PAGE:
Who Wrote the GIFT of LOVE?

Love songs have been around for centuries. I believe the first one was sung by Adam when he awakened from his nap and laid eyes on Eve. For decades, my life was filled with music, either performing or playing.  I have warm memories of specific songs or compositions that filled my life for so many years. I do not listen to music much today and I find that rather strange. I have never ‘listened’ to music while driving,  I find that it detracts.  Now that I do not drive, I find it easier and a joy. I have a collection of vocalists, but my list is short. I seem to be attracted to folks of lesser notoriety. I hardly ever miss a Gaither television program or the “Old Time Country Family Reunion”.  I suppose you would say I miss “The Old Songs”. (My Brother-in-Law and Judy are to be thanked for pointing me to RFD channel, donchaknow)  I love the Time-Warner collections of the Golden Years. I played so many of those as a disc jockey, and they linger.  I thought of “The Book of Love”. I copied this from Wikipedia:

The Book of Love” (also titled “(Who Wrote) The Book of Love“) is a rock and roll song, originally by The Monotones. It was written by three members of the group, Warren Davis, George Malone and Charles Patrick, and it peaked at #5 on the Billboard Top 100.

Lead singer Charles Patrick heard a Pepsodent toothpaste commercial with the line “wonder where the yellow went”. From there he got the idea for the line, “I wonder, wonder, wonder who, who wrote the book of love”, working it up into a song with Davis and Malone. The “boom” part of the song was a result of a kid kicking a ball against the garage while they were rehearsing. It sounded good, so they added it to the song.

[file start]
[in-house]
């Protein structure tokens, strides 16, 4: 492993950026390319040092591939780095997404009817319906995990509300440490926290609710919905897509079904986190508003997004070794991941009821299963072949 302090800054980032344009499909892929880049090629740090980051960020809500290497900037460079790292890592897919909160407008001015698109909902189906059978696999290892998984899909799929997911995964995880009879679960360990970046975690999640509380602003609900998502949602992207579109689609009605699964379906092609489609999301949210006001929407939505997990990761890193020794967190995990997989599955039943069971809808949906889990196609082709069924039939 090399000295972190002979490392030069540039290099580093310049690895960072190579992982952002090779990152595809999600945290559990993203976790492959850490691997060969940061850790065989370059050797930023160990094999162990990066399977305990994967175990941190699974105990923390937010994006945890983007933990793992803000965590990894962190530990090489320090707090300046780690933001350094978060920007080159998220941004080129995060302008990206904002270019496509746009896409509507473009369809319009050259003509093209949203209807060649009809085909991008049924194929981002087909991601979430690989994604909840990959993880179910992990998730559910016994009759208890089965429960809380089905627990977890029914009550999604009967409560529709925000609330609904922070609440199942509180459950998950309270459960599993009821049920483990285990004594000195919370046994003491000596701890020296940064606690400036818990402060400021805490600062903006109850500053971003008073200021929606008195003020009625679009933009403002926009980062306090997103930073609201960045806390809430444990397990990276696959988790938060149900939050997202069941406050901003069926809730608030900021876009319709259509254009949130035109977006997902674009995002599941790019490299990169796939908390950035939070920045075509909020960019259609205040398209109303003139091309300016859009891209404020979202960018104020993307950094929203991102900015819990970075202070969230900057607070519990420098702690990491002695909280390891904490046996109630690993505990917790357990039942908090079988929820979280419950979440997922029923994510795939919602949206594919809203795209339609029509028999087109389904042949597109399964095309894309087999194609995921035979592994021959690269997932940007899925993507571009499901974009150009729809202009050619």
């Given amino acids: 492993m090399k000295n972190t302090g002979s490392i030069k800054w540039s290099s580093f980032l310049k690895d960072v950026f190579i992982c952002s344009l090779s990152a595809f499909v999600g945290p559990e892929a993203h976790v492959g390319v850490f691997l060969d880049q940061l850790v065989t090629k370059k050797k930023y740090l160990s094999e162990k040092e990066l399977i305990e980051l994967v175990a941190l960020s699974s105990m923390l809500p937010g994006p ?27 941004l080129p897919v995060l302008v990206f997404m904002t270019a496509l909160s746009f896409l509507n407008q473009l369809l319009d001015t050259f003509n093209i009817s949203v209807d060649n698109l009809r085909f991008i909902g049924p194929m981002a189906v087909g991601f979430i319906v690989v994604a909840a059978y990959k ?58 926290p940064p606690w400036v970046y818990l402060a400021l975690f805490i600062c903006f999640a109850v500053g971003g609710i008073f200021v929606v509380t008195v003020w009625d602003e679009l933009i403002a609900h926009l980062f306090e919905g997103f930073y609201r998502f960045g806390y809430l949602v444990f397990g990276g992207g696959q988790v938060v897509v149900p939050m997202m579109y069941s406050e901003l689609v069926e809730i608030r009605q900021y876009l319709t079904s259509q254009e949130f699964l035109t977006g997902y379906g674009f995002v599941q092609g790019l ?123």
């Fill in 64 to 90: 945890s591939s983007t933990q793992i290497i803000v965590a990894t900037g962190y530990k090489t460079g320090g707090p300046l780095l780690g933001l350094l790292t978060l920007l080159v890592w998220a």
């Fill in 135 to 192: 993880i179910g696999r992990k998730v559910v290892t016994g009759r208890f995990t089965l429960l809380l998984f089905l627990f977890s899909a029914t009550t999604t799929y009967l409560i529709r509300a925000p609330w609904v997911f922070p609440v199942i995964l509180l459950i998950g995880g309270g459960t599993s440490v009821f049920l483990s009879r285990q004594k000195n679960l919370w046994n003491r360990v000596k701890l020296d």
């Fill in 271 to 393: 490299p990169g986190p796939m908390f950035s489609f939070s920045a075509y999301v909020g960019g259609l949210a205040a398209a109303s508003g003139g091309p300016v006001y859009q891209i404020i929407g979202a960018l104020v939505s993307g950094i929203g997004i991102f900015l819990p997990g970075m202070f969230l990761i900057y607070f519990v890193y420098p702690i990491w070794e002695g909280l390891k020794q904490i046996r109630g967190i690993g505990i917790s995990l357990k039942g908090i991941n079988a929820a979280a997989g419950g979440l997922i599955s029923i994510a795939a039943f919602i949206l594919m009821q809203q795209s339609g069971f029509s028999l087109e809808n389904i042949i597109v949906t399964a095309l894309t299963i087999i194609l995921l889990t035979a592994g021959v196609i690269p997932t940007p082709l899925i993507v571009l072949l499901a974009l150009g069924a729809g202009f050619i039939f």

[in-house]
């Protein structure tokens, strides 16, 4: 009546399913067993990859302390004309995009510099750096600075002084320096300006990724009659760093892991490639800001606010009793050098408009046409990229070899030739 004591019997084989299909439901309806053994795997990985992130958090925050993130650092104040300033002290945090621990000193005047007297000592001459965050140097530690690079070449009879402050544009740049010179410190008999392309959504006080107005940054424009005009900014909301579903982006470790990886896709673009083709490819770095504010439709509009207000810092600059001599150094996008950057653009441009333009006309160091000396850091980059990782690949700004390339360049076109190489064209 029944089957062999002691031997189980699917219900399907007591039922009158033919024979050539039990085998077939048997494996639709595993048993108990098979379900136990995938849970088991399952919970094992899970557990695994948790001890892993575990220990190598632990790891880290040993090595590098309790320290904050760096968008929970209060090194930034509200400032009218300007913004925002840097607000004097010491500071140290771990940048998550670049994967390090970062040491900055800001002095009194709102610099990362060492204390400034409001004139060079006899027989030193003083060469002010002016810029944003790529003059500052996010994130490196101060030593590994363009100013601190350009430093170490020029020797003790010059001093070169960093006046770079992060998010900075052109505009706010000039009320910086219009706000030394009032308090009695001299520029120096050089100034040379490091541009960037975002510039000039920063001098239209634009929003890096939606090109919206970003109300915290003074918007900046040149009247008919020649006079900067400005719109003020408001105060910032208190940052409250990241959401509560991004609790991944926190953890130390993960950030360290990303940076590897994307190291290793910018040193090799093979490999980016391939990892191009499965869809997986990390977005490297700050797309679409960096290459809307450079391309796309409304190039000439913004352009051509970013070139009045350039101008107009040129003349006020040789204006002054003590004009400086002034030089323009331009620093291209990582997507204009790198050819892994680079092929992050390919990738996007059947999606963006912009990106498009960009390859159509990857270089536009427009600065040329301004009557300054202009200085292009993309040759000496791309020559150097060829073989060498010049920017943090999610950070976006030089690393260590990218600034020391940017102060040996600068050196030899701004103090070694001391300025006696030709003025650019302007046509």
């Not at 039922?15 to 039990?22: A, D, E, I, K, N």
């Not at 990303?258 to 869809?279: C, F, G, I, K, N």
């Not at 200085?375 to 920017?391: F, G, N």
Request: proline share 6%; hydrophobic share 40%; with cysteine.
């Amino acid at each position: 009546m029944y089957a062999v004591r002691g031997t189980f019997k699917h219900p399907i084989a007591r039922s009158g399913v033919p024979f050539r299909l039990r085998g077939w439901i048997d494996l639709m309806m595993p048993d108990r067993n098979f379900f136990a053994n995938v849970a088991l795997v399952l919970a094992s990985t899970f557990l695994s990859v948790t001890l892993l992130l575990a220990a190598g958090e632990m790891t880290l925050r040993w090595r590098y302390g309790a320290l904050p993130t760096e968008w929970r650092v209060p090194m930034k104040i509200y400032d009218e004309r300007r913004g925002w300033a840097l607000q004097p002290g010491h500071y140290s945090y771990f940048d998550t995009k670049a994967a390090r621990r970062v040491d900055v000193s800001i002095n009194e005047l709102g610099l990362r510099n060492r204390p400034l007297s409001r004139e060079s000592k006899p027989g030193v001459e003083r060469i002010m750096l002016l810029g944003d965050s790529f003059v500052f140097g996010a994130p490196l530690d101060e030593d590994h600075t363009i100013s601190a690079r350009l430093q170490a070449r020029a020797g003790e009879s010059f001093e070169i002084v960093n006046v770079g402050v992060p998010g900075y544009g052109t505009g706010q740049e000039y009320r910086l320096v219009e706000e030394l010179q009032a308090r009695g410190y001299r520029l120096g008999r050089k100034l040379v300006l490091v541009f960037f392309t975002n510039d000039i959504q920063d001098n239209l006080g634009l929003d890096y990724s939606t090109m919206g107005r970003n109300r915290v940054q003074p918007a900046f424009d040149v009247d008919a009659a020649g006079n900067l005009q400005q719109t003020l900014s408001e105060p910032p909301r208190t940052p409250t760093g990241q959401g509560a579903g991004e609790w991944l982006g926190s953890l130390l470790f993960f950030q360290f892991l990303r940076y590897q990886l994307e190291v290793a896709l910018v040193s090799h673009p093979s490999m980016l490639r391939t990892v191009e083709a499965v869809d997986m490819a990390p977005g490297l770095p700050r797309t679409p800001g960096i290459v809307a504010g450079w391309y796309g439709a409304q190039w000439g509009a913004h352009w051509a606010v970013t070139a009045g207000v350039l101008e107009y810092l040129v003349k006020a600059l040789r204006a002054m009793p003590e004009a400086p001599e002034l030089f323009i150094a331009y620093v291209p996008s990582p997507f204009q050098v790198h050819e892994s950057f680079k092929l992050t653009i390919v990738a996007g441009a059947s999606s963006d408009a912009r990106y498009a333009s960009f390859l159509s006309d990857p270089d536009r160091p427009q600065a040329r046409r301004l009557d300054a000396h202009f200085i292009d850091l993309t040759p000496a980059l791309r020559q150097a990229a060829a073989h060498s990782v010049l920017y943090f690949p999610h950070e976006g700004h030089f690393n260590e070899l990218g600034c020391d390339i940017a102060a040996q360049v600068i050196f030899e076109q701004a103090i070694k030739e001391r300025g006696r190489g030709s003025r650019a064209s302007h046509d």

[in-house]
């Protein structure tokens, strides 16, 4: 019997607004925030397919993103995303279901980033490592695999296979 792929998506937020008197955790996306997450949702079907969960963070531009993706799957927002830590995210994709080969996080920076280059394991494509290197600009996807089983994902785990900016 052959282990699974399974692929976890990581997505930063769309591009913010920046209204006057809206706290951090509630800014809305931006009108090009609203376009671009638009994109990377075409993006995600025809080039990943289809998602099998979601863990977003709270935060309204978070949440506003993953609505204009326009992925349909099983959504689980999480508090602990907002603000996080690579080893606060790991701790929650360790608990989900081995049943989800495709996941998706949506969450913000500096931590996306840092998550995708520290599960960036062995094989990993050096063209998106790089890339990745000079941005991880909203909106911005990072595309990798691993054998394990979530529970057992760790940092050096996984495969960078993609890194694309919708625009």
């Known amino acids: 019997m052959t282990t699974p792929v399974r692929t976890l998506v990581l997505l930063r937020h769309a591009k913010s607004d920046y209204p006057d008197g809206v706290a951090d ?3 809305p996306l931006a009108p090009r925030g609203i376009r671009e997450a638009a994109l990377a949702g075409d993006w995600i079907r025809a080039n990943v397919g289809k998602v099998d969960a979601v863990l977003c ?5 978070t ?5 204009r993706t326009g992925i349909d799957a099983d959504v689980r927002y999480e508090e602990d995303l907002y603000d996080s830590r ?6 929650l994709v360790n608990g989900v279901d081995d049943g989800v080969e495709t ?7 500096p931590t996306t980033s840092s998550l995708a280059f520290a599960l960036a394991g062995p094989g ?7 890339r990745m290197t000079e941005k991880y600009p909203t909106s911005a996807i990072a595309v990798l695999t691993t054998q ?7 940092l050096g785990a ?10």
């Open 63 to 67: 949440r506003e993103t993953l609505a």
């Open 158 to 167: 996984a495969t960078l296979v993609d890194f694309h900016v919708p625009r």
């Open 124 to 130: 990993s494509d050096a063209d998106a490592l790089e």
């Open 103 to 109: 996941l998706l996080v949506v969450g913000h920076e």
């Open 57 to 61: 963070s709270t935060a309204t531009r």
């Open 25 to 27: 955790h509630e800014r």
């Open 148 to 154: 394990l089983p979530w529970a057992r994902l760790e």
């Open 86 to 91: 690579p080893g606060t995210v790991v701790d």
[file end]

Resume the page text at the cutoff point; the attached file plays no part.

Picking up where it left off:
In September 1957, the Monotones recorded “The Book of Love”, which was released on the Mascot label in December that year. The small record company could not cope with its popularity, and it was reissued on Chess Records‘ subsidiary Argo label in February 1958. It attained a Billboard ranking of #5 for pop songs and #3 for R&B in 1958. It also reached #5 in Australia. In the UK, the hit version was a cover by The Mudlarks.”

For those who ‘wonder’, I have the answer.  It was written the moment Innocent Blood was shed for you and for me, on a cross, many years ago. That’s a bunch of Love for a bunch of unworthy folks.  Amen?

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